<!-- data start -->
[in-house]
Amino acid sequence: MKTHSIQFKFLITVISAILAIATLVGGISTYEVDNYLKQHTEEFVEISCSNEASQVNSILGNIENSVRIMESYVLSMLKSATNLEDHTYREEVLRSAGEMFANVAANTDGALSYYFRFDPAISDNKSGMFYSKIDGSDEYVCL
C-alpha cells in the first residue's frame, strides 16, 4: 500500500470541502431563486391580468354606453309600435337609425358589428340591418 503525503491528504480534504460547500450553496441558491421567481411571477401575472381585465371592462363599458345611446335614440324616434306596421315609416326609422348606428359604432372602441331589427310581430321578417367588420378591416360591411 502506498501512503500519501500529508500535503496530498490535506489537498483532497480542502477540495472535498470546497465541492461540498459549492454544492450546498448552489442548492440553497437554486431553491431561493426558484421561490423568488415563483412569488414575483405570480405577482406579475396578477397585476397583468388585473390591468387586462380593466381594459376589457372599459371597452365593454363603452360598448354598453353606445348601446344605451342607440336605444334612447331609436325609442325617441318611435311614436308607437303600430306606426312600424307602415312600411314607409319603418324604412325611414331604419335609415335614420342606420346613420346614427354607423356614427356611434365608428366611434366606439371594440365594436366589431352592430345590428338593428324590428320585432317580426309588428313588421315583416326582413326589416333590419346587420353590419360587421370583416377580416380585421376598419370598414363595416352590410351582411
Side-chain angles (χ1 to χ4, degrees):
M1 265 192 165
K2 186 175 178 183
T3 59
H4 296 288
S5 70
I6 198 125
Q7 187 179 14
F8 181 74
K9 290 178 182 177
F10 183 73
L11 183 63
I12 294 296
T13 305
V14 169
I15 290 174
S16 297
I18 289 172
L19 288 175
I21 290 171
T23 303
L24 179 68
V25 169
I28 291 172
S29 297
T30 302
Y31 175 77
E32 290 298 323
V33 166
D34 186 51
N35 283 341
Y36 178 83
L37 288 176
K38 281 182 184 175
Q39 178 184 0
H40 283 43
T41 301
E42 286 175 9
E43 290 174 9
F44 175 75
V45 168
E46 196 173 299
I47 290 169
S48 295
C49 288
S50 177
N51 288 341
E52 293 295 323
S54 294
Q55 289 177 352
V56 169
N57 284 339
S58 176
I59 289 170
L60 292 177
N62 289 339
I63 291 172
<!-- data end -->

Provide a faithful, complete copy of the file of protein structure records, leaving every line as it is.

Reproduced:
[in-house]
Amino acid sequence: MKTHSIQFKFLITVISAILAIATLVGGISTYEVDNYLKQHTEEFVEISCSNEASQVNSILGNIENSVRIMESYVLSMLKSATNLEDHTYREEVLRSAGEMFANVAANTDGALSYYFRFDPAISDNKSGMFYSKIDGSDEYVCL
C-alpha cells in the first residue's frame, strides 16, 4: 500500500470541502431563486391580468354606453309600435337609425358589428340591418 503525503491528504480534504460547500450553496441558491421567481411571477401575472381585465371592462363599458345611446335614440324616434306596421315609416326609422348606428359604432372602441331589427310581430321578417367588420378591416360591411 502506498501512503500519501500529508500535503496530498490535506489537498483532497480542502477540495472535498470546497465541492461540498459549492454544492450546498448552489442548492440553497437554486431553491431561493426558484421561490423568488415563483412569488414575483405570480405577482406579475396578477397585476397583468388585473390591468387586462380593466381594459376589457372599459371597452365593454363603452360598448354598453353606445348601446344605451342607440336605444334612447331609436325609442325617441318611435311614436308607437303600430306606426312600424307602415312600411314607409319603418324604412325611414331604419335609415335614420342606420346613420346614427354607423356614427356611434365608428366611434366606439371594440365594436366589431352592430345590428338593428324590428320585432317580426309588428313588421315583416326582413326589416333590419346587420353590419360587421370583416377580416380585421376598419370598414363595416352590410351582411
Side-chain angles (χ1 to χ4, degrees):
M1 265 192 165
K2 186 175 178 183
T3 59
H4 296 288
S5 70
I6 198 125
Q7 187 179 14
F8 181 74
K9 290 178 182 177
F10 183 73
L11 183 63
I12 294 296
T13 305
V14 169
I15 290 174
S16 297
I18 289 172
L19 288 175
I21 290 171
T23 303
L24 179 68
V25 169
I28 291 172
S29 297
T30 302
Y31 175 77
E32 290 298 323
V33 166
D34 186 51
N35 283 341
Y36 178 83
L37 288 176
K38 281 182 184 175
Q39 178 184 0
H40 283 43
T41 301
E42 286 175 9
E43 290 174 9
F44 175 75
V45 168
E46 196 173 299
I47 290 169
S48 295
C49 288
S50 177
N51 288 341
E52 293 295 323
S54 294
Q55 289 177 352
V56 169
N57 284 339
S58 176
I59 289 170
L60 292 177
N62 289 339
I63 291 172